PORT is indicated in the case of advanced tumour stage, positive surgical margins, pathologic nodal involvement, and aggressive biological behaviour 7. The prescribed dose varies according to the pathologic characteristics of the tumour and the region considered, with areas at higher or lower risk of local recurrence requiring different doses 7. The majority of patients in the present cohort had a diagnosis of advanced primary tumour (pT3-pT4) and only three patients had positive surgical margins, and thus a median dose of 60 Gy was prescribed to the primary tumour surgical bed. However, a statistically significant difference was found between 3D-CRT and IMRT, both in terms of maximum and mean dose to the remnant larynx. Moreover, a lower difference between the prescribed and absorbed dose was found in IMRT compared to 3D-CRT plans. These findings suggest that IMRT allows to reduce the unwanted dose to the remnant larynx thanks to the more conformity dose distribution.

Of note, in patients with early category primary tumours (pT1, pT2) the prescribed dose to the remnant larynx could be further reduced or even avoided in selected cases. An exploratory study on 4 patients for which the remnant larynx did not represent a target volume was also performed, which confirmed that IMRT allowed reduction of the absorbed dose to this structure compared to 3D-CRT. Nevertheless, due to the number of patients in the present cohort, whether IMRT can gain a dosimetric improvement in this setting needs to be investigated further.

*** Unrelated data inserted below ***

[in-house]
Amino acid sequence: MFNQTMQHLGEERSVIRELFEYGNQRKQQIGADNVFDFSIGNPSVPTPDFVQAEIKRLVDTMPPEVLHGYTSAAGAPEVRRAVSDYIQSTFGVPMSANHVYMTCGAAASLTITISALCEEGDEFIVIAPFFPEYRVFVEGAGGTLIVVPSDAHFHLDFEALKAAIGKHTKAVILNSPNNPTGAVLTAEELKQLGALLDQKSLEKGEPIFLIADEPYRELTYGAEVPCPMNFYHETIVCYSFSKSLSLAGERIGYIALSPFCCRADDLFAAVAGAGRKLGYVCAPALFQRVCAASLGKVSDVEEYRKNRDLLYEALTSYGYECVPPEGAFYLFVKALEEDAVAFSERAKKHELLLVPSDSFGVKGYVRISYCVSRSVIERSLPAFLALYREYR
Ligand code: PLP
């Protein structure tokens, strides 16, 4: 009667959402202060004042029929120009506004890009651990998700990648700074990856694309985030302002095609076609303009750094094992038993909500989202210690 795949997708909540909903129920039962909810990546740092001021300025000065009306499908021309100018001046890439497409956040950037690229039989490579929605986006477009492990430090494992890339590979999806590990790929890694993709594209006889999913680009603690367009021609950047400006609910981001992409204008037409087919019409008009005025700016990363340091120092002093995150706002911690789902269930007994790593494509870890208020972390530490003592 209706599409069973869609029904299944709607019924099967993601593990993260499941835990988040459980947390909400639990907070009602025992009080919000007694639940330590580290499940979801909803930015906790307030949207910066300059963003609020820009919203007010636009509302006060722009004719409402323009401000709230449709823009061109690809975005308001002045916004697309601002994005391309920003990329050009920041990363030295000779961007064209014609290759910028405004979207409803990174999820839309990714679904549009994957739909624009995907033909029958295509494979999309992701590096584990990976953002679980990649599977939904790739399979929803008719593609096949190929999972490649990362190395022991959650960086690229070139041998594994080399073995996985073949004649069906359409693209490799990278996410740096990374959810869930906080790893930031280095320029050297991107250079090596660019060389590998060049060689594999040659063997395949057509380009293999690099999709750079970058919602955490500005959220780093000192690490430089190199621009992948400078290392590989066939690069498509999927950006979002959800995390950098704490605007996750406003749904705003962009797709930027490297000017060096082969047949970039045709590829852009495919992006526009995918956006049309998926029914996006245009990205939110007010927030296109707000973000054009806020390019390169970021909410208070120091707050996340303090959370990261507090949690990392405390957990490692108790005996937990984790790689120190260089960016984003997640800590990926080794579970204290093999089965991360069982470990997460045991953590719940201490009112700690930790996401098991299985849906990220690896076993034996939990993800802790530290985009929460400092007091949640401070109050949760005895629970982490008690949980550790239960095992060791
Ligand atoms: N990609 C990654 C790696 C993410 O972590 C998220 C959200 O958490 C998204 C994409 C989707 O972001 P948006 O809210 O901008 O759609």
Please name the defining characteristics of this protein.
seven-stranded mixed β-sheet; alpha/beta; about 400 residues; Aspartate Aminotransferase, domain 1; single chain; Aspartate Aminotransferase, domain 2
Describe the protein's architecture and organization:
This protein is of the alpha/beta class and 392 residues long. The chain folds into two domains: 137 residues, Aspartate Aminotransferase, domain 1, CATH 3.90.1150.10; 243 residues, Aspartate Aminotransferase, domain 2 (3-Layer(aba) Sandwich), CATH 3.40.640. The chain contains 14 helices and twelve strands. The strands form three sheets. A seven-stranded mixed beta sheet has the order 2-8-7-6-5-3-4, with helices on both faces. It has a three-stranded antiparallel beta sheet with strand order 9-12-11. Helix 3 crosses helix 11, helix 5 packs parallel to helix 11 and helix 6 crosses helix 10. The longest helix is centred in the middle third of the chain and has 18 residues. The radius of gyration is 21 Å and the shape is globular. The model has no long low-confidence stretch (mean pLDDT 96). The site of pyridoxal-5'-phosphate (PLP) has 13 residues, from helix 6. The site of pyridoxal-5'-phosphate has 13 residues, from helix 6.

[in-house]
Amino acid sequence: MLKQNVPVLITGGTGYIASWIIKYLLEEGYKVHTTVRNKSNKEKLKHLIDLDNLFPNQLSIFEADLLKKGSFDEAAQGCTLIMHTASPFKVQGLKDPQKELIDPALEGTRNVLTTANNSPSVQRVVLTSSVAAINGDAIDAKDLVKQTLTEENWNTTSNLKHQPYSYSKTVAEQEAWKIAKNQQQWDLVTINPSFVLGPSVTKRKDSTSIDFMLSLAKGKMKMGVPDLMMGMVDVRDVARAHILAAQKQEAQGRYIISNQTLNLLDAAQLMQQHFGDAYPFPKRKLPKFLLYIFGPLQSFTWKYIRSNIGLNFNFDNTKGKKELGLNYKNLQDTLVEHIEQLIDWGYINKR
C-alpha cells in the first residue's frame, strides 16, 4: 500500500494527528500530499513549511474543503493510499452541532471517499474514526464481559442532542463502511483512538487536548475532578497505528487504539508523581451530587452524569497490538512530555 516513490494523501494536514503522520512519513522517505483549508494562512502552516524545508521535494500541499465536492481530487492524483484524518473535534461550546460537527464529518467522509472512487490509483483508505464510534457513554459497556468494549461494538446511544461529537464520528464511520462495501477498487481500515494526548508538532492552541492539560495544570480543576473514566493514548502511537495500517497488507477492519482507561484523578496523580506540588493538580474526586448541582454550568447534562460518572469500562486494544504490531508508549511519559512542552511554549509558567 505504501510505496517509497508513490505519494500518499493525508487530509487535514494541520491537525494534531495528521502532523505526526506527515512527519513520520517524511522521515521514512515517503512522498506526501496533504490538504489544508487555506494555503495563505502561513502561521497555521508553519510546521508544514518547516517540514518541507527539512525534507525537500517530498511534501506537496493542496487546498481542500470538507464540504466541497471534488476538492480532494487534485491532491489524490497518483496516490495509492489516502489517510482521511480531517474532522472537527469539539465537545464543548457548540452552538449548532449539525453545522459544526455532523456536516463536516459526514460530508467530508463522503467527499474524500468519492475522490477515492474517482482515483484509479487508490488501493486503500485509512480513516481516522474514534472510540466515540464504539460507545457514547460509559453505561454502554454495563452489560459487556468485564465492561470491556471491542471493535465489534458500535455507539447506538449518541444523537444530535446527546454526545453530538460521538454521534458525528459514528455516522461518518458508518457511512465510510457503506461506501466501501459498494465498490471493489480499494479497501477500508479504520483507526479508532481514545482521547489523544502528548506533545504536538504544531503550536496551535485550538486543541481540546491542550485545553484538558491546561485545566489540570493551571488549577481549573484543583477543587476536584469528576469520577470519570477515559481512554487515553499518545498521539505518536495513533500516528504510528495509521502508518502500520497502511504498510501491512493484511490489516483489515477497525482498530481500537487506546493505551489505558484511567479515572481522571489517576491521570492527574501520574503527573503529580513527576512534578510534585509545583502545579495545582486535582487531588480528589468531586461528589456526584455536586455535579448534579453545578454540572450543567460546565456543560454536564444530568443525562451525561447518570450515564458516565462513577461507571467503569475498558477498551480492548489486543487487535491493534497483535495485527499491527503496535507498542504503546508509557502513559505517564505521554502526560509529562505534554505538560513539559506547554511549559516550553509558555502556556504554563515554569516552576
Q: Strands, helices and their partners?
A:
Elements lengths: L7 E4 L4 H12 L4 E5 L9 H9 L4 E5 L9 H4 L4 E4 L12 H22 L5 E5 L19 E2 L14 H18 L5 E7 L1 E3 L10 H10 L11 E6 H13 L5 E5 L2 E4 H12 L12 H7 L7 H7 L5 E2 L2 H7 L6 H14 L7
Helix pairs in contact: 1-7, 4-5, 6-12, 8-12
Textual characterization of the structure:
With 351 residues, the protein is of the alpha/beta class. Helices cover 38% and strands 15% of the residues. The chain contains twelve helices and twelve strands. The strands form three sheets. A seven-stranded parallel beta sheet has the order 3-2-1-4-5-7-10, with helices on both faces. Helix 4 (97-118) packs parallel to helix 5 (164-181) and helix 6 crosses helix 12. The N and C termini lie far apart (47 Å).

Both quality of life and overall survival of patients treated with a laryngeal organ preservation strategy for locally advanced tumours can be worsened by long-term treatment-related side effects. Indeed, swallowing and breathing dysfunctions might cause recurrent ab-ingestis pneumonitis, respiratory distress and dysphagia. Results of the Radiation Therapy Oncology Group 91-11 trial showed that deaths not attributed to larynx cancer or treatment were higher in patients treated with concurrent chemoradiation compared to those treated with induction chemotherapy followed by radiation alone (69.8% vs 52.8%, respectively, at 10 years; p=.03) 24. It was hypothesised that fatal treatment-related episodes not identified with the system for monitoring and grading late effects could have occurred. Overall, they suggested that new strategies aiming to improve the rate of functional organ preservation and, as a consequence, reduce long-term morbidity, are needed in these patients. Therefore, achieving a functional larynx as a result of an organ preservation strategy (performed either with conservative surgery or chemoradiation) should represent the primary goal not only to maintain a good quality of life, but also to not compromise long-term survival.